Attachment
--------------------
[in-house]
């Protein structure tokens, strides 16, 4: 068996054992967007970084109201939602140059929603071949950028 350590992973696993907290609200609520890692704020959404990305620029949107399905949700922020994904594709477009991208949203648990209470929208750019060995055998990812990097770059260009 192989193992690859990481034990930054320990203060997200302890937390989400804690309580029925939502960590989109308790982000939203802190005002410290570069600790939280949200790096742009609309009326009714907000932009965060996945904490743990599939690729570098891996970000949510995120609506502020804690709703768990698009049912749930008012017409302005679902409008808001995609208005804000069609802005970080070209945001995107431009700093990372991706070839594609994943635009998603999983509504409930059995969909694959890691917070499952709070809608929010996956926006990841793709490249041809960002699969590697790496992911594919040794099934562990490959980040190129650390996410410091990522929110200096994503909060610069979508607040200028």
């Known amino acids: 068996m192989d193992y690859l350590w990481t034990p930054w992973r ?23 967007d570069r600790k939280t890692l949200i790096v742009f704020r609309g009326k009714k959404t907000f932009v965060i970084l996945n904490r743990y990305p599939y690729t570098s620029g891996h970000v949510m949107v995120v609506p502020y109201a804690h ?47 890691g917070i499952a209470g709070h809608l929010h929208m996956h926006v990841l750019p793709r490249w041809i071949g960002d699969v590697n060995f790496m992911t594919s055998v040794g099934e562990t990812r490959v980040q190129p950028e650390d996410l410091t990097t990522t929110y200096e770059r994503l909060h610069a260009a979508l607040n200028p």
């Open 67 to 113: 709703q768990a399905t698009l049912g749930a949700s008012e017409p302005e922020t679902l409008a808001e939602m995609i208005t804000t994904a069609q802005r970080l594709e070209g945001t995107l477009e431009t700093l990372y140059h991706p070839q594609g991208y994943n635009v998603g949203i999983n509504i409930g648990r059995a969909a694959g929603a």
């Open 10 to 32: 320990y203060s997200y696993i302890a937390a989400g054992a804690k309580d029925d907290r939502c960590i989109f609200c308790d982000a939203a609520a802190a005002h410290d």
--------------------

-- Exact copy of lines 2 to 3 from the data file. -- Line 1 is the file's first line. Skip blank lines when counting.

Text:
């Protein structure tokens, strides 16, 4: 068996054992967007970084109201939602140059929603071949950028 350590992973696993907290609200609520890692704020959404990305620029949107399905949700922020994904594709477009991208949203648990209470929208750019060995055998990812990097770059260009 192989193992690859990481034990930054320990203060997200302890937390989400804690309580029925939502960590989109308790982000939203802190005002410290570069600790939280949200790096742009609309009326009714907000932009965060996945904490743990599939690729570098891996970000949510995120609506502020804690709703768990698009049912749930008012017409302005679902409008808001995609208005804000069609802005970080070209945001995107431009700093990372991706070839594609994943635009998603999983509504409930059995969909694959890691917070499952709070809608929010996956926006990841793709490249041809960002699969590697790496992911594919040794099934562990490959980040190129650390996410410091990522929110200096994503909060610069979508607040200028």
């Known amino acids: 068996m192989d193992y690859l350590w990481t034990p930054w992973r ?23 967007d570069r600790k939280t890692l949200i790096v742009f704020r609309g009326k009714k959404t907000f932009v965060i970084l996945n904490r743990y990305p599939y690729t570098s620029g891996h970000v949510m949107v995120v609506p502020y109201a804690h ?47 890691g917070i499952a209470g709070h809608l929010h929208m996956h926006v990841l750019p793709r490249w041809i071949g960002d699969v590697n060995f790496m992911t594919s055998v040794g099934e562990t990812r490959v980040q190129p950028e650390d996410l410091t990097t990522t929110y200096e770059r994503l909060h610069a260009a979508l607040n200028p």